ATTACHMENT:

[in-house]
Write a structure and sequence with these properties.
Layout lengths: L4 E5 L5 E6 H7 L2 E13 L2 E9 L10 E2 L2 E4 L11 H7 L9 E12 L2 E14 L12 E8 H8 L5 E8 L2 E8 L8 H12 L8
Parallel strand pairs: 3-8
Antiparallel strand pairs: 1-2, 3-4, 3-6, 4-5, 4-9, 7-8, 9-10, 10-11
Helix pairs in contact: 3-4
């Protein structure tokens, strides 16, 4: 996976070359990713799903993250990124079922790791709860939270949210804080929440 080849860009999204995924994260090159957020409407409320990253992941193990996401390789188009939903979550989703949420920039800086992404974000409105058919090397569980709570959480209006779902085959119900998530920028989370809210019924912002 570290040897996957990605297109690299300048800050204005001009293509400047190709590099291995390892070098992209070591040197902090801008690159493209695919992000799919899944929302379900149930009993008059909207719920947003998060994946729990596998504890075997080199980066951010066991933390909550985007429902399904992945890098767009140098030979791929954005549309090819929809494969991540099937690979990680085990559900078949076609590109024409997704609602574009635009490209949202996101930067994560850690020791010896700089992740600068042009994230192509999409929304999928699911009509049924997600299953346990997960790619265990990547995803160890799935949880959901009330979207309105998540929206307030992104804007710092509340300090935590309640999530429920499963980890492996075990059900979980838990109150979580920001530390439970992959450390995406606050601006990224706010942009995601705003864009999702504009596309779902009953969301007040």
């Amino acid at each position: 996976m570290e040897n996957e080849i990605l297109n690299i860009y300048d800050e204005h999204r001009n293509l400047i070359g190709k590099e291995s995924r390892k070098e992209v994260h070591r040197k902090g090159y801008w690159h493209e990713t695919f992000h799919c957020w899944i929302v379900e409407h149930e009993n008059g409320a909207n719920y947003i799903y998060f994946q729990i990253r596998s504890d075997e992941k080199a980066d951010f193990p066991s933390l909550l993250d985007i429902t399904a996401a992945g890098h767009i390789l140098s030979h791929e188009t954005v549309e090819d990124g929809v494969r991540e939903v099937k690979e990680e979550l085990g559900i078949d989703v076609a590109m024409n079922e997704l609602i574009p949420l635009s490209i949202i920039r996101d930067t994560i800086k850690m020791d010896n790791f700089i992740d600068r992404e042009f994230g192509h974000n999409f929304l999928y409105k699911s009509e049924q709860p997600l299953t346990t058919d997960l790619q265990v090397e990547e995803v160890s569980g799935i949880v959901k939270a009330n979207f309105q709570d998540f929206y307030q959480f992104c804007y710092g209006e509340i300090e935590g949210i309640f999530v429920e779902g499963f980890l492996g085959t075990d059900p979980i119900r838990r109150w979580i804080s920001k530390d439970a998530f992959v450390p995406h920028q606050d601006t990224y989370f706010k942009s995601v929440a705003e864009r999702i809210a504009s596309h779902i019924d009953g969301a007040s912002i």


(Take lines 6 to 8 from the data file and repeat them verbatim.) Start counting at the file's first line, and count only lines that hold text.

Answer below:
Helix pairs in contact: 3-4
């Protein structure tokens, strides 16, 4: 996976070359990713799903993250990124079922790791709860939270949210804080929440 080849860009999204995924994260090159957020409407409320990253992941193990996401390789188009939903979550989703949420920039800086992404974000409105058919090397569980709570959480209006779902085959119900998530920028989370809210019924912002 570290040897996957990605297109690299300048800050204005001009293509400047190709590099291995390892070098992209070591040197902090801008690159493209695919992000799919899944929302379900149930009993008059909207719920947003998060994946729990596998504890075997080199980066951010066991933390909550985007429902399904992945890098767009140098030979791929954005549309090819929809494969991540099937690979990680085990559900078949076609590109024409997704609602574009635009490209949202996101930067994560850690020791010896700089992740600068042009994230192509999409929304999928699911009509049924997600299953346990997960790619265990990547995803160890799935949880959901009330979207309105998540929206307030992104804007710092509340300090935590309640999530429920499963980890492996075990059900979980838990109150979580920001530390439970992959450390995406606050601006990224706010942009995601705003864009999702504009596309779902009953969301007040």
């Amino acid at each position: 996976m570290e040897n996957e080849i990605l297109n690299i860009y300048d800050e204005h999204r001009n293509l400047i070359g190709k590099e291995s995924r390892k070098e992209v994260h070591r040197k902090g090159y801008w690159h493209e990713t695919f992000h799919c957020w899944i929302v379900e409407h149930e009993n008059g409320a909207n719920y947003i799903y998060f994946q729990i990253r596998s504890d075997e992941k080199a980066d951010f193990p066991s933390l909550l993250d985007i429902t399904a996401a992945g890098h767009i390789l140098s030979h791929e188009t954005v549309e090819d990124g929809v494969r991540e939903v099937k690979e990680e979550l085990g559900i078949d989703v076609a590109m024409n079922e997704l609602i574009p949420l635009s490209i949202i920039r996101d930067t994560i800086k850690m020791d010896n790791f700089i992740d600068r992404e042009f994230g192509h974000n999409f929304l999928y409105k699911s009509e049924q709860p997600l299953t346990t058919d997960l790619q265990v090397e990547e995803v160890s569980g799935i949880v959901k939270a009330n979207f309105q709570d998540f929206y307030q959480f992104c804007y710092g209006e509340i300090e935590g949210i309640f999530v429920e779902g499963f980890l492996g085959t075990d059900p979980i119900r838990r109150w979580i804080s920001k530390d439970a998530f992959v450390p995406h920028q606050d601006t990224y989370f706010k942009s995601v929440a705003e864009r999702i809210a504009s596309h779902i019924d009953g969301a007040s912002i």